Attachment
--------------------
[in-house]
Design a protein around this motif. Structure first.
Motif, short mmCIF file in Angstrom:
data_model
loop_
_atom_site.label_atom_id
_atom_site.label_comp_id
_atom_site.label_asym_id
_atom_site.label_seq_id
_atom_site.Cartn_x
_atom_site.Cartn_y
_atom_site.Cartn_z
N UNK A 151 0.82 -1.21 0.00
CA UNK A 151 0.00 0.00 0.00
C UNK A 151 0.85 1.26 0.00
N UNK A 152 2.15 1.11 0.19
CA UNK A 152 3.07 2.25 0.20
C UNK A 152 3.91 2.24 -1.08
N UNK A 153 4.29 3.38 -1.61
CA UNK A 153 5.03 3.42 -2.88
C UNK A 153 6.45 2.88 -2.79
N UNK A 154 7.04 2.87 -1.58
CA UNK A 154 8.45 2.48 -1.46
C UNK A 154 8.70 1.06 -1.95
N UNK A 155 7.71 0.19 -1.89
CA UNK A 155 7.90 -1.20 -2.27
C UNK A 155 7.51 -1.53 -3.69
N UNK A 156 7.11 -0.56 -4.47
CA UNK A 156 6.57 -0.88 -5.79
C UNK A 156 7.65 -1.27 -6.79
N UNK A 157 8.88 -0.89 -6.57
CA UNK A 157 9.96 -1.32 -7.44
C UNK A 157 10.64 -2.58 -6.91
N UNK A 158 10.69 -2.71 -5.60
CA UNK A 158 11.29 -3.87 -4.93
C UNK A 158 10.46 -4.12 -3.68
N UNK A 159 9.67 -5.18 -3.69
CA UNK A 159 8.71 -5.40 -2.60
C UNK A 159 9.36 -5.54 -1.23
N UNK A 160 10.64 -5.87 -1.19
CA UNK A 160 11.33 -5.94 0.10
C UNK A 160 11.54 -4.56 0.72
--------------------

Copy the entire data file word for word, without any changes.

[in-house]
Design a protein around this motif. Structure first.
Motif, short mmCIF file in Angstrom:
data_model
loop_
_atom_site.label_atom_id
_atom_site.label_comp_id
_atom_site.label_asym_id
_atom_site.label_seq_id
_atom_site.Cartn_x
_atom_site.Cartn_y
_atom_site.Cartn_z
N UNK A 151 0.82 -1.21 0.00
CA UNK A 151 0.00 0.00 0.00
C UNK A 151 0.85 1.26 0.00
N UNK A 152 2.15 1.11 0.19
CA UNK A 152 3.07 2.25 0.20
C UNK A 152 3.91 2.24 -1.08
N UNK A 153 4.29 3.38 -1.61
CA UNK A 153 5.03 3.42 -2.88
C UNK A 153 6.45 2.88 -2.79
N UNK A 154 7.04 2.87 -1.58
CA UNK A 154 8.45 2.48 -1.46
C UNK A 154 8.70 1.06 -1.95
N UNK A 155 7.71 0.19 -1.89
CA UNK A 155 7.90 -1.20 -2.27
C UNK A 155 7.51 -1.53 -3.69
N UNK A 156 7.11 -0.56 -4.47
CA UNK A 156 6.57 -0.88 -5.79
C UNK A 156 7.65 -1.27 -6.79
N UNK A 157 8.88 -0.89 -6.57
CA UNK A 157 9.96 -1.32 -7.44
C UNK A 157 10.64 -2.58 -6.91
N UNK A 158 10.69 -2.71 -5.60
CA UNK A 158 11.29 -3.87 -4.93
C UNK A 158 10.46 -4.12 -3.68
N UNK A 159 9.67 -5.18 -3.69
CA UNK A 159 8.71 -5.40 -2.60
C UNK A 159 9.36 -5.54 -1.23
N UNK A 160 10.64 -5.87 -1.19
CA UNK A 160 11.33 -5.94 0.10
C UNK A 160 11.54 -4.56 0.72